Located across the street from Snøhetta’s iconic Oslo Opera House, Deichman Bjørvika incorporated cantilevers into the design to offer breathtaking views of the city
The Oslo waterfront has a new architectural jewel. Located across the street from Snøhetta’s Oslo Opera House is the city’s new central library, Deichman Bjørvika. The structure was designed by architecture firms Atelier Oslo and Lundhagem Architects, who won the competition to create the building in 2009.
The firms wanted to create a space that encouraged exploration and served all the needs of a modern library. The library is spread over six floors—five above ground and one below—and is home to 450,000 books, as well as a number of public resources such as a theater, a podcast studio, and instrument stations. Faced with a small site, the architects incorporated cantilevers into the design, including the first and fifth floors. The fifth floor’s cantilever is perhaps the most striking part of the façade. It juts out more than 65 feet over the plaza and has soaring views of the Opera House and the Oslo Fjord.
The interior is filled with light thanks to “light shafts” originating at each of the entrances, cutting diagonally through the building, and ending in a skylight set within the origami-esque roof. The architects also chose to keep the façade of the first floor completely transparent for additional sunlight. The other floors are clad in alternating insulated and glass panels, for energy efficiency and evenly distributed light. Panoramic windows were installed in the corners of each floor, providing views of the city.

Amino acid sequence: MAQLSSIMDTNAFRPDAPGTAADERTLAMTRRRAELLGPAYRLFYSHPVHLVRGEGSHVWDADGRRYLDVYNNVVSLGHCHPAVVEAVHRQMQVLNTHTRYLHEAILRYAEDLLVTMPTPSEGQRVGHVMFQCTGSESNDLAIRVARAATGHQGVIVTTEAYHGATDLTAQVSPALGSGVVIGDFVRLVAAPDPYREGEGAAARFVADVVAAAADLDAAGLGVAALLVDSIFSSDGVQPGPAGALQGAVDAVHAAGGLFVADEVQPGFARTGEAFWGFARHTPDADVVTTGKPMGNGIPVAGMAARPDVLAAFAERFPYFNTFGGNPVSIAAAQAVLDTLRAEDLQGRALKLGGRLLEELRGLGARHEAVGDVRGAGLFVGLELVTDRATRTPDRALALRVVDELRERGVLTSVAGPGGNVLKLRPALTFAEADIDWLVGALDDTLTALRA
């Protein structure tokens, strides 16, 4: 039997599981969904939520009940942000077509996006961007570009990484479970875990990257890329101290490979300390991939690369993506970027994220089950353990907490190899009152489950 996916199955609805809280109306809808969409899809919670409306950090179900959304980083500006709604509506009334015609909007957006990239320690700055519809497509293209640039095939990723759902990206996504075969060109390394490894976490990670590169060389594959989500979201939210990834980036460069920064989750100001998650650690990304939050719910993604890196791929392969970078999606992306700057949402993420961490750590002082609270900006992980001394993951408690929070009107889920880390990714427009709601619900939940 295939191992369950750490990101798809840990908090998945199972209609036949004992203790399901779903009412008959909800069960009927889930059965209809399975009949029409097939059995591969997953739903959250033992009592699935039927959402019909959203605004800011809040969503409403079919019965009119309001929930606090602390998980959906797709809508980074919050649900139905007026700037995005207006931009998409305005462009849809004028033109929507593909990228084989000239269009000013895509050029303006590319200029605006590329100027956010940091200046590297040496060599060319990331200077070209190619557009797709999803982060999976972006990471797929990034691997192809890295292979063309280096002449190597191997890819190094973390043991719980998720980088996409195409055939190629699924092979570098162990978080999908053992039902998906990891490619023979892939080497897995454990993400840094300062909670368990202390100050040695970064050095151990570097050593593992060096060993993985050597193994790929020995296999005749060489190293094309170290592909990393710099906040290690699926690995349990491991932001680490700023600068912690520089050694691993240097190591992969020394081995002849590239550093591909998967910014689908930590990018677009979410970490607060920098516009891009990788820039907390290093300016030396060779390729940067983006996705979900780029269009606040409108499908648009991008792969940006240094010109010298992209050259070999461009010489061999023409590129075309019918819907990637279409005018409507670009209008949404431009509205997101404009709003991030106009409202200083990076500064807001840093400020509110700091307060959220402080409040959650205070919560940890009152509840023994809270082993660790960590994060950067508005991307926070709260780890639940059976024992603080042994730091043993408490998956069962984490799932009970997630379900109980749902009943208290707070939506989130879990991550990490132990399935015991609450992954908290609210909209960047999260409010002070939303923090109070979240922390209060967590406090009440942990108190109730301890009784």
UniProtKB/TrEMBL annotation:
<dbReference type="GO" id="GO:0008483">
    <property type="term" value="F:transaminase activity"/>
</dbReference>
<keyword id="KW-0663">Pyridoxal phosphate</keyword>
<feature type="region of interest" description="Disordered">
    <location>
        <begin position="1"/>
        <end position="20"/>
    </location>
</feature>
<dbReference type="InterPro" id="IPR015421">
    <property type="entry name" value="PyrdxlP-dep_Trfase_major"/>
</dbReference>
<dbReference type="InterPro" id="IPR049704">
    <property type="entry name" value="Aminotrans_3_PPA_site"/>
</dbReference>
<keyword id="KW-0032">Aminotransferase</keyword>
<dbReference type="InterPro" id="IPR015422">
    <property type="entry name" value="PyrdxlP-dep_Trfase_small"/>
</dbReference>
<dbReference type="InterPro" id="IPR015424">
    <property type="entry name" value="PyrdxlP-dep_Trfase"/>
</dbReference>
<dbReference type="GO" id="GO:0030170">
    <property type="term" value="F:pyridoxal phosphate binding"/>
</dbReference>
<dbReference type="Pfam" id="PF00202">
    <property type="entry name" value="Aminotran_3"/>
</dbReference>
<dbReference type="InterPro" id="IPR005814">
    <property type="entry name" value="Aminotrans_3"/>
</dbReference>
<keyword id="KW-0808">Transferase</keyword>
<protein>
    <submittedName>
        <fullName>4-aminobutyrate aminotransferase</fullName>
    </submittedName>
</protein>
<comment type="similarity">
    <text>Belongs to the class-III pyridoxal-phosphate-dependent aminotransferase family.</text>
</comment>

The library is filled with open spaces that were outfitted in calming neutral tones by interior architecture firm Scenario. Three black book towers anchor the floors and contain colorful niches that can be used for installations. Locating the books in central towers allowed the architects to keep the exterior walls open for views and light. The building also boasts a restaurant, Centropa, and a café with a terrace.
While glass and concrete abound, there’s still plenty of whimsy and color throughout the building. The second floor is home to a vibrant section for children, complete with lots of colorful spots to curl up with a book. Norwegian artist Lars Ø Ramberg’s site-specific white and yellow neon sculpture Brainstorm adds color and energy to the lobby space. A piece by American artist Martin Puryear, the nearly 23-foot-tall granite sculpture Creature From Iddefjord, was installed outside the library. Additionally, a room in the library is home to an ambitious public art project by Scottish artist Katie Paterson called Future Library. Each year for the next 100 years, a writer will contribute a work that will be published and put on display in the library in 2114.
Deichman Bjørvika was set to open on March 28, but was delayed due to COVID-19. The library officially opened to the public at the end of June with stringent safety guidelines, including limiting visitors to 1,000 at a time, as opposed to the normal 3,000-person capacity. Eventually the library hopes to have 2 million visitors per year.